As you have seen a couple times throughout spring training, the Los Angeles Dodgers are trying to find a capable leadoff hitter for the regular season. It seems that the team has settled on possibly using outfielder Andre Ethier as the leadoff hitter when facing right-handed pitchers. And it makes sense.

One of the main reasons for doing this is that Ethier’s career on-base percentage against righties is .383, and that’s a better skill than speed ever happens to be. Having a leadoff hitter who prioritizes getting on rather than using his speed once he’s on does hold major beneficial value in the grand scheme of things.


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From Joey Kaufman, staff writer for the Orange County Register:

Placing him atop the order does deviate from traditional thinking in baseball that held teams were best served by putting someone with speed in the leadoff spot in order to steal bases and immediately get a runner in scoring position.

The Dodgers wouldn’t be the first team to go against the grain on this, though. Several years ago, the Boston Red Sox used Kevin Youkilis as their leadoff hitter quite a bit. He had a .382 on-base percentage when used as the leadoff hitter, and it clearly did help. Think of Ethier has his left-handed doppelgänger.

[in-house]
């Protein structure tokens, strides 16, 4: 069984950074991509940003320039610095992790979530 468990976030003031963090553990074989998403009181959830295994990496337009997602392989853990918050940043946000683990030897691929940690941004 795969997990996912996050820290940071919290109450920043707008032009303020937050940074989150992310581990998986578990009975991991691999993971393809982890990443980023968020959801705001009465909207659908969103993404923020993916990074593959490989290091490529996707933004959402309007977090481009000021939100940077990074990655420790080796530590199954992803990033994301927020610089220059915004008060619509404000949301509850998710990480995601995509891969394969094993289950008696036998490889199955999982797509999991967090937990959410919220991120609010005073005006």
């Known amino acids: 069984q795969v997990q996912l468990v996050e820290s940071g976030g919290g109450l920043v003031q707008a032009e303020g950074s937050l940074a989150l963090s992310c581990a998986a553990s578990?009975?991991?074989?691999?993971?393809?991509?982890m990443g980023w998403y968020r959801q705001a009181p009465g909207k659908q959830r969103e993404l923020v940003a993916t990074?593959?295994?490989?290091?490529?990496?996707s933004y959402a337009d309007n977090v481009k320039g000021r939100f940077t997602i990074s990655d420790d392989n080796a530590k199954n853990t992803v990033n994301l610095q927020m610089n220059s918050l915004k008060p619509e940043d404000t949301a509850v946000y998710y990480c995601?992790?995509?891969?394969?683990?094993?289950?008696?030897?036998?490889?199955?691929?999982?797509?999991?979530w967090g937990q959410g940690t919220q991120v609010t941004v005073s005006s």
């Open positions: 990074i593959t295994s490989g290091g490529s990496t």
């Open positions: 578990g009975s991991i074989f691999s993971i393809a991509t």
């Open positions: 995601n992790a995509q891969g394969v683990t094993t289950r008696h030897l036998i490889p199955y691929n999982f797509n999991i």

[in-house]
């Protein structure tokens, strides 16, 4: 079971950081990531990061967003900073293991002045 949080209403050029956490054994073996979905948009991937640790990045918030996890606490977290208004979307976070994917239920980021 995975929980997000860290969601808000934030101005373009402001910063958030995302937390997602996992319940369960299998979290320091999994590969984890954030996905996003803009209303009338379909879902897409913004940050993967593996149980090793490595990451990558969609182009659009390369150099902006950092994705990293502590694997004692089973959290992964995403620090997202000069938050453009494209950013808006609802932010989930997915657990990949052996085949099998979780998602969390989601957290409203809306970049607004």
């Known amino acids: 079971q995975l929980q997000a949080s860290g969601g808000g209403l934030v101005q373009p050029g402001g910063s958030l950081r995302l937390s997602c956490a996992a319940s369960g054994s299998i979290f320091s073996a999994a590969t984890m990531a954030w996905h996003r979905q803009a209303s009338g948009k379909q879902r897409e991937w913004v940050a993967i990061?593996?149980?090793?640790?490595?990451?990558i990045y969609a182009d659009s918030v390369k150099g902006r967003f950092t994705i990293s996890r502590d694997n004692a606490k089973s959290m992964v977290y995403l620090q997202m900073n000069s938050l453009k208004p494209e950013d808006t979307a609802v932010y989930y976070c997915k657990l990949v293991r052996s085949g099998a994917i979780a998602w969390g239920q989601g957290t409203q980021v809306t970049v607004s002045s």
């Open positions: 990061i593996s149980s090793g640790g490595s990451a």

The manager even said the main reason why this is being discussed:

“He gets on base,” [manager Dave Roberts] said.

Andre Ethier has never been a leadoff hitter in his career. Through all the games he’s played, he’s never once suited up for the team as the first hitter in the lineup. That could very well change this season. As his 10-and-5 rights come close to becoming active, Ethier might be more valuable than people realize.

While there was trade speculation all offseason, Ethier now seems like someone the team cannot live without at the top of the lineup. His value has increased exponentially. Welcome to the new wave of baseball, where a soon-to-be 34-year old outfielder with no speed can be your leadoff hitter and a valuable commodity.

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About The Author

Justin Russo is a 30-year old sports enthusiast who dabbles in all forms of sports talk. Whether that talk revolves around the NBA, NCAA, NFL, NHL, MLB, or other leagues, he has an opinion. He works as a writer for Warriors World, and was formerly a writer and editor for ClipsNation on the SB Nation network. He also is the Editor-in-chief for But The Game Is On: The Beat.

3 Responses

  1. Robert Hamilton

    Either leading off just magnifies the Dodgers deficiencies. Giving Youkills as an example just shows the problem that we have. Both would be better served driving in runs than trying to score them from the top spot. How often will he have to drive in a run? He better be a great hitter with two outs and a man in scoring position. Why waste power and clutch hitting? I guess that we would be starting a trend where when slow guys get older but still has a little power and can make contact, just put them in the leadoff position.

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